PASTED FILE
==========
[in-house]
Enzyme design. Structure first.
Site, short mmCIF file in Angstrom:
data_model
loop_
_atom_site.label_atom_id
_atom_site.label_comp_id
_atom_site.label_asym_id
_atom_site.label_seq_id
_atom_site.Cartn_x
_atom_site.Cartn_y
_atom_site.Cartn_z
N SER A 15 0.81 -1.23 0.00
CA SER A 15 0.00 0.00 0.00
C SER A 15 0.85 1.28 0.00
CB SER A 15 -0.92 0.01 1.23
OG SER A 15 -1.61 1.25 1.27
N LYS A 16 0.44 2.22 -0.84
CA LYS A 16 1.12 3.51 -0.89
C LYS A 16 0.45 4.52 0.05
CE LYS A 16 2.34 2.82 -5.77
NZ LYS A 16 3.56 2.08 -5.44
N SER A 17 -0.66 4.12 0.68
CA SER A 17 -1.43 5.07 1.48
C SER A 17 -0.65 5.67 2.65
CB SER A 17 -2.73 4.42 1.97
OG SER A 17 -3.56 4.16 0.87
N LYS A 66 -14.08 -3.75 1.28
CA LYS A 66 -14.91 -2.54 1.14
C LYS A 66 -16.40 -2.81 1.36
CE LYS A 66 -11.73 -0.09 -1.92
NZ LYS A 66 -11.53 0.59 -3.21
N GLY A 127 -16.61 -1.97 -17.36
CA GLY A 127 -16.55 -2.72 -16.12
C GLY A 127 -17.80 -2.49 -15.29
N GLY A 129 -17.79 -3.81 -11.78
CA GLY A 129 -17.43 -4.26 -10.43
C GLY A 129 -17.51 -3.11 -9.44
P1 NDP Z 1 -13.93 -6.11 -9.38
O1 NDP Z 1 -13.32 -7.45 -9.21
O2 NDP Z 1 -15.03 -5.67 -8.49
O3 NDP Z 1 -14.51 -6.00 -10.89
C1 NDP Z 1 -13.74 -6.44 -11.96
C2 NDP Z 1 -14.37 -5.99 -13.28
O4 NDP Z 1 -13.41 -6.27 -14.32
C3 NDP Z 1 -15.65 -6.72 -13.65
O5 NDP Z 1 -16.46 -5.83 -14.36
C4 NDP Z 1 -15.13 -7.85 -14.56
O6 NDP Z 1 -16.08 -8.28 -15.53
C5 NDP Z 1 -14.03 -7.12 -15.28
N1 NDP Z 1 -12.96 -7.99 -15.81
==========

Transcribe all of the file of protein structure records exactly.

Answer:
[in-house]
Enzyme design. Structure first.
Site, short mmCIF file in Angstrom:
data_model
loop_
_atom_site.label_atom_id
_atom_site.label_comp_id
_atom_site.label_asym_id
_atom_site.label_seq_id
_atom_site.Cartn_x
_atom_site.Cartn_y
_atom_site.Cartn_z
N SER A 15 0.81 -1.23 0.00
CA SER A 15 0.00 0.00 0.00
C SER A 15 0.85 1.28 0.00
CB SER A 15 -0.92 0.01 1.23
OG SER A 15 -1.61 1.25 1.27
N LYS A 16 0.44 2.22 -0.84
CA LYS A 16 1.12 3.51 -0.89
C LYS A 16 0.45 4.52 0.05
CE LYS A 16 2.34 2.82 -5.77
NZ LYS A 16 3.56 2.08 -5.44
N SER A 17 -0.66 4.12 0.68
CA SER A 17 -1.43 5.07 1.48
C SER A 17 -0.65 5.67 2.65
CB SER A 17 -2.73 4.42 1.97
OG SER A 17 -3.56 4.16 0.87
N LYS A 66 -14.08 -3.75 1.28
CA LYS A 66 -14.91 -2.54 1.14
C LYS A 66 -16.40 -2.81 1.36
CE LYS A 66 -11.73 -0.09 -1.92
NZ LYS A 66 -11.53 0.59 -3.21
N GLY A 127 -16.61 -1.97 -17.36
CA GLY A 127 -16.55 -2.72 -16.12
C GLY A 127 -17.80 -2.49 -15.29
N GLY A 129 -17.79 -3.81 -11.78
CA GLY A 129 -17.43 -4.26 -10.43
C GLY A 129 -17.51 -3.11 -9.44
P1 NDP Z 1 -13.93 -6.11 -9.38
O1 NDP Z 1 -13.32 -7.45 -9.21
O2 NDP Z 1 -15.03 -5.67 -8.49
O3 NDP Z 1 -14.51 -6.00 -10.89
C1 NDP Z 1 -13.74 -6.44 -11.96
C2 NDP Z 1 -14.37 -5.99 -13.28
O4 NDP Z 1 -13.41 -6.27 -14.32
C3 NDP Z 1 -15.65 -6.72 -13.65
O5 NDP Z 1 -16.46 -5.83 -14.36
C4 NDP Z 1 -15.13 -7.85 -14.56
O6 NDP Z 1 -16.08 -8.28 -15.53
C5 NDP Z 1 -14.03 -7.12 -15.28
N1 NDP Z 1 -12.96 -7.99 -15.81